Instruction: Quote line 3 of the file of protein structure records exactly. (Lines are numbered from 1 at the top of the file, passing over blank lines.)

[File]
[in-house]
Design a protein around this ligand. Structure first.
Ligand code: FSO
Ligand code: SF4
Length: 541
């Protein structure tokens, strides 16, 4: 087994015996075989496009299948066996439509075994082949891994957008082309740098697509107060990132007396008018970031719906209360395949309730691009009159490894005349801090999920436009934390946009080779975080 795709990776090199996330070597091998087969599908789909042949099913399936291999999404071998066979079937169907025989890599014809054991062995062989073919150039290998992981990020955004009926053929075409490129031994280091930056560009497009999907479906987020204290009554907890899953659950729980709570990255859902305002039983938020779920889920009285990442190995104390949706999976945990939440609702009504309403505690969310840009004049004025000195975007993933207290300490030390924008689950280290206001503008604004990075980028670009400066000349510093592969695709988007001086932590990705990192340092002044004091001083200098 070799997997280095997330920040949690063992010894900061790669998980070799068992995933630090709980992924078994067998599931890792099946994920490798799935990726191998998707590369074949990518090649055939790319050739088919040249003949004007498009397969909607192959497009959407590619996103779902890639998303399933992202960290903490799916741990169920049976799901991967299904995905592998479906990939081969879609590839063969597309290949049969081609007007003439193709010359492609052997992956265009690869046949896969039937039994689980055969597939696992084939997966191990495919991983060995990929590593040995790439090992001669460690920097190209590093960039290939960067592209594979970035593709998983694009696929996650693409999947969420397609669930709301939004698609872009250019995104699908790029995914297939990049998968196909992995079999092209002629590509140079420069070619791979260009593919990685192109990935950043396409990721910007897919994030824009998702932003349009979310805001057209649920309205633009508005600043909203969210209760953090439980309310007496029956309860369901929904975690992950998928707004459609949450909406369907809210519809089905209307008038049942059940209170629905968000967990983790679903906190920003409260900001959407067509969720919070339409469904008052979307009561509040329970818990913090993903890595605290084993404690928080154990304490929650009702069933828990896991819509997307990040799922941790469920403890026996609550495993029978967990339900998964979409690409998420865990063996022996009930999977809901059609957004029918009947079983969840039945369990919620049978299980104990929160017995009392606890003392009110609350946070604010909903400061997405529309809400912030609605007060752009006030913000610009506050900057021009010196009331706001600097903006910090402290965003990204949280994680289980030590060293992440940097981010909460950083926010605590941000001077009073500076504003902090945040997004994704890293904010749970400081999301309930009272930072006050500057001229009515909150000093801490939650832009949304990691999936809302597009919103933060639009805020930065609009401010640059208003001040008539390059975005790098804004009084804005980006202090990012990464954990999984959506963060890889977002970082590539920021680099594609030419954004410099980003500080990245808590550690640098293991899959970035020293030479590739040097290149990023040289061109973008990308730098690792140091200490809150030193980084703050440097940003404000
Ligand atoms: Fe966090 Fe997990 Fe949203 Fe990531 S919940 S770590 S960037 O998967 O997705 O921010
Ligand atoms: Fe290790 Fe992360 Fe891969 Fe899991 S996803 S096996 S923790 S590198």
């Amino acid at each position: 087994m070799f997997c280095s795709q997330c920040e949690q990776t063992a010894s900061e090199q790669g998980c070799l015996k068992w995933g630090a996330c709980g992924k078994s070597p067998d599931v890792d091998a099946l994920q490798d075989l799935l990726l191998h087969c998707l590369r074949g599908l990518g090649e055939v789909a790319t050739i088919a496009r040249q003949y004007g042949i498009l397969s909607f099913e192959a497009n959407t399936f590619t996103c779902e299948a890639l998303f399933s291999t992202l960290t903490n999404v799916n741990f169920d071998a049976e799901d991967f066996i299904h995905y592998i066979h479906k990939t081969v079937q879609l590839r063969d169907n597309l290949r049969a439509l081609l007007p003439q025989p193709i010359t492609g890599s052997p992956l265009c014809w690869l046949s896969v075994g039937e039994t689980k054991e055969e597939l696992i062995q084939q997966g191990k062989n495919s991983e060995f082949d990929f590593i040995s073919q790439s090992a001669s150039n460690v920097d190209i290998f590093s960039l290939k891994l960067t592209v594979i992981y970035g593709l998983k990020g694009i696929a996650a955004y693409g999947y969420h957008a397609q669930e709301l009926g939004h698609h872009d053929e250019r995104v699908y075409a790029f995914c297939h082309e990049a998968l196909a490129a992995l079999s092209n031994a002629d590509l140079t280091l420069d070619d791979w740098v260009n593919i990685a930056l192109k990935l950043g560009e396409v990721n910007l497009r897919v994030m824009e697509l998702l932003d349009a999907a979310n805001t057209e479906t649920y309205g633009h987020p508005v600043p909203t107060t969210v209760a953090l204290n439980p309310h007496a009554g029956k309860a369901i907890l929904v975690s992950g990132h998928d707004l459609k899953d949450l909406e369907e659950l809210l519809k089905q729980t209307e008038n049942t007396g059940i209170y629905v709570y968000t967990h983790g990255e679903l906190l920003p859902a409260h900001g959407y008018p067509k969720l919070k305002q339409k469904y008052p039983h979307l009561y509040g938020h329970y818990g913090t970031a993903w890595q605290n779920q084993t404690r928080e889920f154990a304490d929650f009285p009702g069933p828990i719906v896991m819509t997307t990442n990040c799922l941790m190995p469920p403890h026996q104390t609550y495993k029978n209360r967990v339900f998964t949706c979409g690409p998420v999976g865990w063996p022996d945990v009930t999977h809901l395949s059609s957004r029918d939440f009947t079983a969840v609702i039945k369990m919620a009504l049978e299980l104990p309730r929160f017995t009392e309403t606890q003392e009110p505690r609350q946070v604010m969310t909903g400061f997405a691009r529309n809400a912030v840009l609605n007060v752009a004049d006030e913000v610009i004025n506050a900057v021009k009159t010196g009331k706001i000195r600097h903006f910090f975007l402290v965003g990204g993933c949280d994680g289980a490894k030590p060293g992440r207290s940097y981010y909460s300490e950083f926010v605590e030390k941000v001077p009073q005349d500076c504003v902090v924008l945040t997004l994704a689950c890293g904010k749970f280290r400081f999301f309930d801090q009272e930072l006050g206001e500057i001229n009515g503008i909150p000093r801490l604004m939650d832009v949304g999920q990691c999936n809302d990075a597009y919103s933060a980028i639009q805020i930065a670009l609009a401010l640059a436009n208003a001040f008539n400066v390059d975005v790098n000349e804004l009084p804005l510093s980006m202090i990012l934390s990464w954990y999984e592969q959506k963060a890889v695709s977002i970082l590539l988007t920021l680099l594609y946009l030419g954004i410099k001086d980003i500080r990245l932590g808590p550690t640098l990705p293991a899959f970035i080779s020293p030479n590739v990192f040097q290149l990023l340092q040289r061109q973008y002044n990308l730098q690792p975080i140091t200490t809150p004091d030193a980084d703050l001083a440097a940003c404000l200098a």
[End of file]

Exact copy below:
Ligand code: FSO